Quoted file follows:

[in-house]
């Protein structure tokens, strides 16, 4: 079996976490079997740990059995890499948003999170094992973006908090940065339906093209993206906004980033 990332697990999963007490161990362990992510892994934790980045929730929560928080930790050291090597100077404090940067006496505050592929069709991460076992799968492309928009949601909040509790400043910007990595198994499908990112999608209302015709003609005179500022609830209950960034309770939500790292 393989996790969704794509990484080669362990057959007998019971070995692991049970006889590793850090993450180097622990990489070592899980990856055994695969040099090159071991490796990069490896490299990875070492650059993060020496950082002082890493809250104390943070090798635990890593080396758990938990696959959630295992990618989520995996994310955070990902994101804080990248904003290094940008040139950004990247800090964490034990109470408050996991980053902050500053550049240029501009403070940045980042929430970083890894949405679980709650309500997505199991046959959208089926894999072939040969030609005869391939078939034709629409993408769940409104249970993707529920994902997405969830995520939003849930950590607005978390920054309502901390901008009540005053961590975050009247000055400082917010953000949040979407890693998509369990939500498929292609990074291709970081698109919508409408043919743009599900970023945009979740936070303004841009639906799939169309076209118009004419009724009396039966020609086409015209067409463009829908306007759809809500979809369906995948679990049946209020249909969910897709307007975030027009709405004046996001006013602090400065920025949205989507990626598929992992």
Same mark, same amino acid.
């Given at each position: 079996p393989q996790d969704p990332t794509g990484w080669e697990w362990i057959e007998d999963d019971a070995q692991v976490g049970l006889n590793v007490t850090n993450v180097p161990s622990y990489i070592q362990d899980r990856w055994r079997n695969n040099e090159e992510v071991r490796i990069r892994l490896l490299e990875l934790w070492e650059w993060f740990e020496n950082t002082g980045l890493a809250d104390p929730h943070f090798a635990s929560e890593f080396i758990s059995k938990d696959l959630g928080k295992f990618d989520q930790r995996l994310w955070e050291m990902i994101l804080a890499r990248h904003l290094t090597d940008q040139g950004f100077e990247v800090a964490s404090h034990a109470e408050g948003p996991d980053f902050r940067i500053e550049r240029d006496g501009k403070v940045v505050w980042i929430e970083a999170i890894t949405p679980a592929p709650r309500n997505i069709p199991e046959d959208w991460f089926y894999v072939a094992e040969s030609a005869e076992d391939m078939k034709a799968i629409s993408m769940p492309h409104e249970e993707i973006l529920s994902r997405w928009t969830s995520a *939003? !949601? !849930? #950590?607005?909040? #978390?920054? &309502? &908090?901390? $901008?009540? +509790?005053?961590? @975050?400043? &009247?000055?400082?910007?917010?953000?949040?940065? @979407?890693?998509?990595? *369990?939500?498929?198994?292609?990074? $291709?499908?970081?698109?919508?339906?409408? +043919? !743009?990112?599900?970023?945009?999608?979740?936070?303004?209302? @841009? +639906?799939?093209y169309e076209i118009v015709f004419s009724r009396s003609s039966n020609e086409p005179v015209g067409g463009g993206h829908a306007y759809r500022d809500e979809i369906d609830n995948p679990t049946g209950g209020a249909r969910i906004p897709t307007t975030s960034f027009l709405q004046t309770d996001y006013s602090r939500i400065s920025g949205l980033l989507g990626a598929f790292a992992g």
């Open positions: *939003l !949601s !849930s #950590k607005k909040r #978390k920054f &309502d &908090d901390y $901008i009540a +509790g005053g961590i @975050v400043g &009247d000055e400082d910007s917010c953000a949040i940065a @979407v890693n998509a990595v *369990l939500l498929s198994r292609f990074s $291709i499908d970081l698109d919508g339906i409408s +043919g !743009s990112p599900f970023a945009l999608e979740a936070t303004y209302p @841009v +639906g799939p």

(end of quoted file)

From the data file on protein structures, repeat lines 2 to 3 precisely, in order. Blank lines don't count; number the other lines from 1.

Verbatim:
């Protein structure tokens, strides 16, 4: 079996976490079997740990059995890499948003999170094992973006908090940065339906093209993206906004980033 990332697990999963007490161990362990992510892994934790980045929730929560928080930790050291090597100077404090940067006496505050592929069709991460076992799968492309928009949601909040509790400043910007990595198994499908990112999608209302015709003609005179500022609830209950960034309770939500790292 393989996790969704794509990484080669362990057959007998019971070995692991049970006889590793850090993450180097622990990489070592899980990856055994695969040099090159071991490796990069490896490299990875070492650059993060020496950082002082890493809250104390943070090798635990890593080396758990938990696959959630295992990618989520995996994310955070990902994101804080990248904003290094940008040139950004990247800090964490034990109470408050996991980053902050500053550049240029501009403070940045980042929430970083890894949405679980709650309500997505199991046959959208089926894999072939040969030609005869391939078939034709629409993408769940409104249970993707529920994902997405969830995520939003849930950590607005978390920054309502901390901008009540005053961590975050009247000055400082917010953000949040979407890693998509369990939500498929292609990074291709970081698109919508409408043919743009599900970023945009979740936070303004841009639906799939169309076209118009004419009724009396039966020609086409015209067409463009829908306007759809809500979809369906995948679990049946209020249909969910897709307007975030027009709405004046996001006013602090400065920025949205989507990626598929992992």
Same mark, same amino acid.